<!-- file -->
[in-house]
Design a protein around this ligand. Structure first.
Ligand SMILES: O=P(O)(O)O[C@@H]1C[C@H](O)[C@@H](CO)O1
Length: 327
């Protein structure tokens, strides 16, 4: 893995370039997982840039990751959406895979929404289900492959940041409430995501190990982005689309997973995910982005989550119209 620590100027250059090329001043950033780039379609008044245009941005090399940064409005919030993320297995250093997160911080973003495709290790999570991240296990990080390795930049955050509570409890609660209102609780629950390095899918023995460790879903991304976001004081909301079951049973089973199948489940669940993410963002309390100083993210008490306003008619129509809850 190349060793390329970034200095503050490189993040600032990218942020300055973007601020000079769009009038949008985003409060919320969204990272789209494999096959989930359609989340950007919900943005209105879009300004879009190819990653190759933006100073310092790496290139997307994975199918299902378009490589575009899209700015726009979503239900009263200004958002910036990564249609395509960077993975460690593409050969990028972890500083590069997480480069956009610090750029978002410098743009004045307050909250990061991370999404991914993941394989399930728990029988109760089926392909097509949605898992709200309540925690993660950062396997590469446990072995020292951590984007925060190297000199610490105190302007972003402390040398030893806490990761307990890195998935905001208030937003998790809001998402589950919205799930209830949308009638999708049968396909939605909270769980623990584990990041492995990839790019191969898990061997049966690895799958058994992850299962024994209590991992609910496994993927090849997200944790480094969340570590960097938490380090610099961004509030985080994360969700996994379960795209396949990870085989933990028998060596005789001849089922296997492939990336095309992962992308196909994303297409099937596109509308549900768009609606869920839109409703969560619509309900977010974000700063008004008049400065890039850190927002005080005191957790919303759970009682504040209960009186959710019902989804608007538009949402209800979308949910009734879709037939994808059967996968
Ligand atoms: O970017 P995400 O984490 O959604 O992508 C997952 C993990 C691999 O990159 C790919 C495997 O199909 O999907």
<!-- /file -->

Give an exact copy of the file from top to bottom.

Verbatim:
[in-house]
Design a protein around this ligand. Structure first.
Ligand SMILES: O=P(O)(O)O[C@@H]1C[C@H](O)[C@@H](CO)O1
Length: 327
């Protein structure tokens, strides 16, 4: 893995370039997982840039990751959406895979929404289900492959940041409430995501190990982005689309997973995910982005989550119209 620590100027250059090329001043950033780039379609008044245009941005090399940064409005919030993320297995250093997160911080973003495709290790999570991240296990990080390795930049955050509570409890609660209102609780629950390095899918023995460790879903991304976001004081909301079951049973089973199948489940669940993410963002309390100083993210008490306003008619129509809850 190349060793390329970034200095503050490189993040600032990218942020300055973007601020000079769009009038949008985003409060919320969204990272789209494999096959989930359609989340950007919900943005209105879009300004879009190819990653190759933006100073310092790496290139997307994975199918299902378009490589575009899209700015726009979503239900009263200004958002910036990564249609395509960077993975460690593409050969990028972890500083590069997480480069956009610090750029978002410098743009004045307050909250990061991370999404991914993941394989399930728990029988109760089926392909097509949605898992709200309540925690993660950062396997590469446990072995020292951590984007925060190297000199610490105190302007972003402390040398030893806490990761307990890195998935905001208030937003998790809001998402589950919205799930209830949308009638999708049968396909939605909270769980623990584990990041492995990839790019191969898990061997049966690895799958058994992850299962024994209590991992609910496994993927090849997200944790480094969340570590960097938490380090610099961004509030985080994360969700996994379960795209396949990870085989933990028998060596005789001849089922296997492939990336095309992962992308196909994303297409099937596109509308549900768009609606869920839109409703969560619509309900977010974000700063008004008049400065890039850190927002005080005191957790919303759970009682504040209960009186959710019902989804608007538009949402209800979308949910009734879709037939994808059967996968
Ligand atoms: O970017 P995400 O984490 O959604 O992508 C997952 C993990 C691999 O990159 C790919 C495997 O199909 O999907």